Earlier this year, Griffith University released the results of a study completed for Mates in Construction exploring the impact of bullying on apprentices in the Queensland construction industry and it’s impact on their mental health and suicide ideation. The results make for sobering reading.

The study, based on the results from 1483 responses from industry apprentices, reported that 27% had experienced workplace bullying in a 12 month period. On top of that, of those who had experienced bullying, 54% also report experiencing suicidal thoughts. However, the report stopped short of causality, so it is unclear how the two might be linked.

However, the overall figure of 27% is extremely high when compared to the 2014/15 Australian Barometer Report. This report, which explore bullying and harassment across Australian workplaces, found the rate of workplace bullying to be 9.6%. The reported level among Queensland apprentices is nearly three times that level.

The study identified risk factors that indicated the apprentices were more likely to be bullied. This included that the larger the company, the more likely an apprentice was to be bullied; decreasing company size was equally associated to decreasing risk of bullying, yet the numbers were still significantly high at 27% bullied within very small workplaces. The plumbing and metal trades apprentices were also more likely to experience bullying. While LGBTI+ were nearly twice as likely to experience bullying.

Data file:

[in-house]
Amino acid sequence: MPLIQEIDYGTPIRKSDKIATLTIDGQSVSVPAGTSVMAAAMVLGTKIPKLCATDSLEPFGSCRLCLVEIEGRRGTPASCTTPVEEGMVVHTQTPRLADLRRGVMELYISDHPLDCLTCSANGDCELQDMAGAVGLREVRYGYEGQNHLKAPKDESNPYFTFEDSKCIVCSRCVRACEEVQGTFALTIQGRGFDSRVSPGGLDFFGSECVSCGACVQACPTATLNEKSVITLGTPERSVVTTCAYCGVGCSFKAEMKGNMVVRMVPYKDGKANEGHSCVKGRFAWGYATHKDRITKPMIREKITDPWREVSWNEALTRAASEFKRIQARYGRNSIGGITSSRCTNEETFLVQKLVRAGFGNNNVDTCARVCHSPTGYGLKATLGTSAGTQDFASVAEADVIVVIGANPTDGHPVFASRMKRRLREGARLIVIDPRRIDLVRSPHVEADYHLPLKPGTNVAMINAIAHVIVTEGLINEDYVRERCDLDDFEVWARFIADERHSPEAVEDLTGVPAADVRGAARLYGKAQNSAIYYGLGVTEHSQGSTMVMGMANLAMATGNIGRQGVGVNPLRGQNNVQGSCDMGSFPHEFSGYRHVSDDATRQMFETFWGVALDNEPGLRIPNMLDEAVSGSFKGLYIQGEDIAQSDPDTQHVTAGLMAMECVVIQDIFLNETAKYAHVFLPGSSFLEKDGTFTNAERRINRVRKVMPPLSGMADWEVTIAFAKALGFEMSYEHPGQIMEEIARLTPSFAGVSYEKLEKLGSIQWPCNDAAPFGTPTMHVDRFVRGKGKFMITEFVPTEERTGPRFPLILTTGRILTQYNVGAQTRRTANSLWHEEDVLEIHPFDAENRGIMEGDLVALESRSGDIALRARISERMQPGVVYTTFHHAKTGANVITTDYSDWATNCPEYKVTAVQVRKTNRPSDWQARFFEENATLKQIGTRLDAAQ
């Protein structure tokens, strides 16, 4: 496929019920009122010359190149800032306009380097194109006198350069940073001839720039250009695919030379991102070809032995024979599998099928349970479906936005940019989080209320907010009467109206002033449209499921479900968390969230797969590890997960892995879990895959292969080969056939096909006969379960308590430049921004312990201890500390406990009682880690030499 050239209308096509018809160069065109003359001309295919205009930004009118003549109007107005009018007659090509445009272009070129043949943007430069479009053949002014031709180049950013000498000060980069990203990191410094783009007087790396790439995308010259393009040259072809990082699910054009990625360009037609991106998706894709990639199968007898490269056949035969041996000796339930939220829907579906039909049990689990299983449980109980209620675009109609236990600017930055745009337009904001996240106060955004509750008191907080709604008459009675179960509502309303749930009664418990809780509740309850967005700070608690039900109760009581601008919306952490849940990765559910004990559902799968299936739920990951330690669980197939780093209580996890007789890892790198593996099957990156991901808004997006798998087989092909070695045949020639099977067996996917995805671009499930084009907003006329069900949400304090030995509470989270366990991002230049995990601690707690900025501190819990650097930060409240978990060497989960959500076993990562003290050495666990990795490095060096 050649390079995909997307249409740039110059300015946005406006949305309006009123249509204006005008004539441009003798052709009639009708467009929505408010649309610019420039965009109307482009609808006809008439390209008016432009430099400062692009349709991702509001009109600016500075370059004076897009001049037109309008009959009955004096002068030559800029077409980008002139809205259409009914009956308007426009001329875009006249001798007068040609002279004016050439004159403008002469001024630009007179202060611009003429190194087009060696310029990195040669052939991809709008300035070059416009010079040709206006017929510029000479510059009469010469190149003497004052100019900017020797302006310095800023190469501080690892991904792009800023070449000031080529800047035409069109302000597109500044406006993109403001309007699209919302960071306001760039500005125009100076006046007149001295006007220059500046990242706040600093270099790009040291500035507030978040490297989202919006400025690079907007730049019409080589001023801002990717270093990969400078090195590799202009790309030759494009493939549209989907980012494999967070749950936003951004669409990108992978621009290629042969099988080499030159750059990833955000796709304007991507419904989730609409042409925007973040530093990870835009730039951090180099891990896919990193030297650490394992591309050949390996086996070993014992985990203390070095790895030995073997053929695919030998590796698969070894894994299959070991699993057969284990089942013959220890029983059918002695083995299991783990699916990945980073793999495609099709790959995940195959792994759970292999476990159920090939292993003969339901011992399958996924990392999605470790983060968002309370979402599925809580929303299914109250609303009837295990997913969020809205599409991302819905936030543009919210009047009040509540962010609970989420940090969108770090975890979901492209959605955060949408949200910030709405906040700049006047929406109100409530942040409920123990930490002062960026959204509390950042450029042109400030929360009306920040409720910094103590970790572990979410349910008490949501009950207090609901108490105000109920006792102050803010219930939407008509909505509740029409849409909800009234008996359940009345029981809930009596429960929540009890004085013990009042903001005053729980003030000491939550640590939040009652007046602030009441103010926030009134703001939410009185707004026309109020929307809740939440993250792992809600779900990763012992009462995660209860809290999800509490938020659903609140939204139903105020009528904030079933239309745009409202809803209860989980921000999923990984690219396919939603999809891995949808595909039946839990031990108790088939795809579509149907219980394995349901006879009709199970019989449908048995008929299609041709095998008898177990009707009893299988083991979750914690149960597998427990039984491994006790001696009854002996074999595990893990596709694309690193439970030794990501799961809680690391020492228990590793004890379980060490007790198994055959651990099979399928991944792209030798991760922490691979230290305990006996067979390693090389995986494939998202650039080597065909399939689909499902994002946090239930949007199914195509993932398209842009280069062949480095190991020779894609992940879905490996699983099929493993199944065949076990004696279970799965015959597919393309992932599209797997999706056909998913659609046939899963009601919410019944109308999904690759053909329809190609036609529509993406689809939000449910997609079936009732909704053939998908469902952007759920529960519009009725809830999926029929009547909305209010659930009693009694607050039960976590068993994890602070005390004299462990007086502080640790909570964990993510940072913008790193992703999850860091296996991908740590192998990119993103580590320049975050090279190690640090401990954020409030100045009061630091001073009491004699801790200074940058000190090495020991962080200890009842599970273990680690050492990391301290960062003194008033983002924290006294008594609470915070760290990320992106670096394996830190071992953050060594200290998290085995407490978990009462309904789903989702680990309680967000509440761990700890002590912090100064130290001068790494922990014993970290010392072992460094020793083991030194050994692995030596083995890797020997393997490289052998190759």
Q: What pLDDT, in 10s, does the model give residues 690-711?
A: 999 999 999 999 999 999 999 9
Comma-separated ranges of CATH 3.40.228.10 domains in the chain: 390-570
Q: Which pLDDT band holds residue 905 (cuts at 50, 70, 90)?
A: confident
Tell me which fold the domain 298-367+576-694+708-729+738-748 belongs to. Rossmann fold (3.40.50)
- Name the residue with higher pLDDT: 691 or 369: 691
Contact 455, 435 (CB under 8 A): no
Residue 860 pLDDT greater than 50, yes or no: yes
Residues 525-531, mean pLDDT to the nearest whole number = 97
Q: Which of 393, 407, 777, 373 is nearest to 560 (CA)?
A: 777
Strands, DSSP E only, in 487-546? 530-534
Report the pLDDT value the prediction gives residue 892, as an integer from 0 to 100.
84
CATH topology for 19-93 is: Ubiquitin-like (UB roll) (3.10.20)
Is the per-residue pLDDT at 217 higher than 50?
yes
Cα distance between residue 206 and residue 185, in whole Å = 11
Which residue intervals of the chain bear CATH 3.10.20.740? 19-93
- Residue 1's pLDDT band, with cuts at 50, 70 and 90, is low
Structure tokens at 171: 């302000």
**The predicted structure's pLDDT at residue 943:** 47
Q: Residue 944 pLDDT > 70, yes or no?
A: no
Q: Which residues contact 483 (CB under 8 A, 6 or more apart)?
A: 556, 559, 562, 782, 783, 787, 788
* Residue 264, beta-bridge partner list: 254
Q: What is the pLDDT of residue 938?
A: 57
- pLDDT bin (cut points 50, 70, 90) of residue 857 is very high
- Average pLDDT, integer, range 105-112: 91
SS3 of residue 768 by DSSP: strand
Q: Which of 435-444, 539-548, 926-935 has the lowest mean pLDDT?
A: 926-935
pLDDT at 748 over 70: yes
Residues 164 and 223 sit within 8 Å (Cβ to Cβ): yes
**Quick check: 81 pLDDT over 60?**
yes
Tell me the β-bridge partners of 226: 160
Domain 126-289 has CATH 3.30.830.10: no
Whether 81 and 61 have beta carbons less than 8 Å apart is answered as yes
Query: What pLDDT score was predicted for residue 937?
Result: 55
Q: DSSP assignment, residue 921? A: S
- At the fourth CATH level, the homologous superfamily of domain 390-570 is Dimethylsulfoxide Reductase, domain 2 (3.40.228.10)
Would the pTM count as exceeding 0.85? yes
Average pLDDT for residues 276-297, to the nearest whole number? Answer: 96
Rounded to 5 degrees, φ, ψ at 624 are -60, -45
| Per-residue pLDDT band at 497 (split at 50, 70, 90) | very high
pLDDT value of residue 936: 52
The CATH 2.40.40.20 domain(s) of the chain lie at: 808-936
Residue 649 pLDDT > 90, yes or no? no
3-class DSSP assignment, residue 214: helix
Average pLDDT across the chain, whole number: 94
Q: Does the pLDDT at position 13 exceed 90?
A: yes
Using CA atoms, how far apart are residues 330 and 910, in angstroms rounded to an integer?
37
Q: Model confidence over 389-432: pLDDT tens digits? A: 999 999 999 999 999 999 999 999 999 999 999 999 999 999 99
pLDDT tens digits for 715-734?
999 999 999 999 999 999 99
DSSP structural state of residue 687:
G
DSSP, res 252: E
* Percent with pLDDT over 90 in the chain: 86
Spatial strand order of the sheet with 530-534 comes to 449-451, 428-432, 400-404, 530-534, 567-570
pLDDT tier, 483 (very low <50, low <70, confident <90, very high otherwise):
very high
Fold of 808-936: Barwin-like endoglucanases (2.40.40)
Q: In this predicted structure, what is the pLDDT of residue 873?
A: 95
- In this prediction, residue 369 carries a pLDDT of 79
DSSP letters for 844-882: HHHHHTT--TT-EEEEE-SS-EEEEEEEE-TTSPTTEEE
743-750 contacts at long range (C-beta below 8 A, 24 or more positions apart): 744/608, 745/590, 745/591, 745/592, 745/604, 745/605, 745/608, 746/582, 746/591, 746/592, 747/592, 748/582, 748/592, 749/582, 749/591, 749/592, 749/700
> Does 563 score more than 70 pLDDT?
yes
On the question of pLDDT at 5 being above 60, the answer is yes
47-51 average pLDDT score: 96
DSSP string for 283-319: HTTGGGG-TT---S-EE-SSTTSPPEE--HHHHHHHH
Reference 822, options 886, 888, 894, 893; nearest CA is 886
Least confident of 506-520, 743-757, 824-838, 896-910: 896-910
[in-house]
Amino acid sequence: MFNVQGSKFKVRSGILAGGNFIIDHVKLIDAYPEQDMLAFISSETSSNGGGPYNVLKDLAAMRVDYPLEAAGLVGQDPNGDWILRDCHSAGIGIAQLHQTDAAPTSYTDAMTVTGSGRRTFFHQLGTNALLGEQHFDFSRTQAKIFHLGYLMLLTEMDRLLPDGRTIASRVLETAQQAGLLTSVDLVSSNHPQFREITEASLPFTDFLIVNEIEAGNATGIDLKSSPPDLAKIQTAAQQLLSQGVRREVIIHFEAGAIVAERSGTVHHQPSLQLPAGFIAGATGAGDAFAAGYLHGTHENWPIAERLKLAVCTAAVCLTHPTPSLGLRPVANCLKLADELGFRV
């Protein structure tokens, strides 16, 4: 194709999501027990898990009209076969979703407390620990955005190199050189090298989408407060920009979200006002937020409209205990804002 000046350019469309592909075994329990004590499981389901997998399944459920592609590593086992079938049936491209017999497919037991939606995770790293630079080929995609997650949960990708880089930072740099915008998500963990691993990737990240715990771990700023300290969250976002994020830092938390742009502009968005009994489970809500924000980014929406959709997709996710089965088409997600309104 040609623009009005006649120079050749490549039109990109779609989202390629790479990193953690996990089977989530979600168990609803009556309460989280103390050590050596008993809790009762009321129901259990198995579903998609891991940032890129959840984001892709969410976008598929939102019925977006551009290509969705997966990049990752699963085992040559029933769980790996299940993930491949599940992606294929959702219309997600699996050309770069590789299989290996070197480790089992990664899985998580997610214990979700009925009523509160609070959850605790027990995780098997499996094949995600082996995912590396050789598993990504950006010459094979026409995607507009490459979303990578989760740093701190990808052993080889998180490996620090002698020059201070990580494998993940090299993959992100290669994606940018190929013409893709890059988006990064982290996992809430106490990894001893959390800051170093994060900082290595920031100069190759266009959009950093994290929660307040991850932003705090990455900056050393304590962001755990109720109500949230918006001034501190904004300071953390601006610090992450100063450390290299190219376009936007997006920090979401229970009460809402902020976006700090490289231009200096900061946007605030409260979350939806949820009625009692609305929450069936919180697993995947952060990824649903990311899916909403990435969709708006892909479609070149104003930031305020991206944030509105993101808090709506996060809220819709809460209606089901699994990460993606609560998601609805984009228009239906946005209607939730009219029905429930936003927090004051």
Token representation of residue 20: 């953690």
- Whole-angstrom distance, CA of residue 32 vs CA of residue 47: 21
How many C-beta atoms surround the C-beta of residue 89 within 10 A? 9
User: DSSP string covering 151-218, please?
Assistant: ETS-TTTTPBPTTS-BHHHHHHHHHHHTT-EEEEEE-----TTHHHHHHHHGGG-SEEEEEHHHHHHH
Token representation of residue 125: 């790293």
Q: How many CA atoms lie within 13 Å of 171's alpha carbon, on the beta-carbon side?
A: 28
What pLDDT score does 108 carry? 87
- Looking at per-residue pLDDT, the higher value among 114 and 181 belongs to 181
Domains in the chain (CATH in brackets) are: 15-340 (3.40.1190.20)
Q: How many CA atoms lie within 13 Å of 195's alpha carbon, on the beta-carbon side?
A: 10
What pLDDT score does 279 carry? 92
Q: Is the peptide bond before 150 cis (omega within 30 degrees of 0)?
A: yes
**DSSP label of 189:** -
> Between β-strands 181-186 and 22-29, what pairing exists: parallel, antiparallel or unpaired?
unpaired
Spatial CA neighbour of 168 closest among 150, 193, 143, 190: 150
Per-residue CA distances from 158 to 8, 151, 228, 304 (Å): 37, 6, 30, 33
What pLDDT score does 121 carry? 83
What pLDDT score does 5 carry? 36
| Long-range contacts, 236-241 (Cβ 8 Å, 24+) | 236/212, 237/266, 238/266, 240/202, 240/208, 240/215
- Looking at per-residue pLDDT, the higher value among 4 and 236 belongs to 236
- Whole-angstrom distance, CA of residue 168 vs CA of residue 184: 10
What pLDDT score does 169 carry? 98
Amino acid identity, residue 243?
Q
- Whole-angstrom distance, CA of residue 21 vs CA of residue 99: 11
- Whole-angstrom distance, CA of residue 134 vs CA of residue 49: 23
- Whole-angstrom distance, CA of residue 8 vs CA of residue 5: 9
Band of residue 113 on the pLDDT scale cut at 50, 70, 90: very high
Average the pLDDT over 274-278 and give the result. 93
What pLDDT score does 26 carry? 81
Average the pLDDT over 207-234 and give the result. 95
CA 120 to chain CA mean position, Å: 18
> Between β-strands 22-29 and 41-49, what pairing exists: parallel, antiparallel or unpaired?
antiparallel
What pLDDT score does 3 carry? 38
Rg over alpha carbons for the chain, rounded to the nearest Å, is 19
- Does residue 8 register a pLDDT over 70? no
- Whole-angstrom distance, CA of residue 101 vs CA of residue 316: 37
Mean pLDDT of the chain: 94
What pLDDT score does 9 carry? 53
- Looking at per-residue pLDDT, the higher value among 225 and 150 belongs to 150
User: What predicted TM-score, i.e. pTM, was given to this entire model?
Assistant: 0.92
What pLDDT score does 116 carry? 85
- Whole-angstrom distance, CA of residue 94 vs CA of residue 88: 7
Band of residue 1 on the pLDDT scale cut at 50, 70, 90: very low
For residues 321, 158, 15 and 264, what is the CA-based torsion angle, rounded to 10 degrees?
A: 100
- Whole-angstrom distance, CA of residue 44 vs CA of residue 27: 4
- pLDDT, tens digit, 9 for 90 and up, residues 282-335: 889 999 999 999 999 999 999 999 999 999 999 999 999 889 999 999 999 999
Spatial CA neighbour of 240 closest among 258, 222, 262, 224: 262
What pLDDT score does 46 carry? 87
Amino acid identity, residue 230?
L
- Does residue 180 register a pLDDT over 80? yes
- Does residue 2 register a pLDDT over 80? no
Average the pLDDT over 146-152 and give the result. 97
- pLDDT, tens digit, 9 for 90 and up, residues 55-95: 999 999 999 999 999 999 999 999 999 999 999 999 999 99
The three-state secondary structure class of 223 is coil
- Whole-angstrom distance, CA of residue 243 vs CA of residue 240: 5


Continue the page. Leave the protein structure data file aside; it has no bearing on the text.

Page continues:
An interesting point to note was the high number of apprentices who had not completed an apprenticeship and had experienced was significantly high. They were three times as likely to have experienced bullying. Though it is not specified as to whether they are no longer in an apprenticeship because of bullying or for some other causal reason.

This report challenges us to think differently as to how we address bullying and create safe and mentally healthy workplaces for young people at risk in the construction industry.

Some of the ways it advocates for this include:

  • Industry wide onsite intervention program raising awareness of bullying as an issue and its negative consequences targeted to supervisors, trade workers and apprentices.
  • The maintenance and expansion of access to support options for apprentices experiencing poor mental health and suicide ideation.
  • Exploration of the benefits of structured industry based mentor and support programs.
  • Examination of how relevant industry, safety and employment regulators may support an apprentice experiencing bullying and mentally unhealthy work environments.
  • Conducting further research about construction industry workplace culture and attitudes to bullying; and the nature of the bullying experience by apprentices and to to help them develop their resilience.
  • Further investigation of apprentices who have been bullied and are unemployed.

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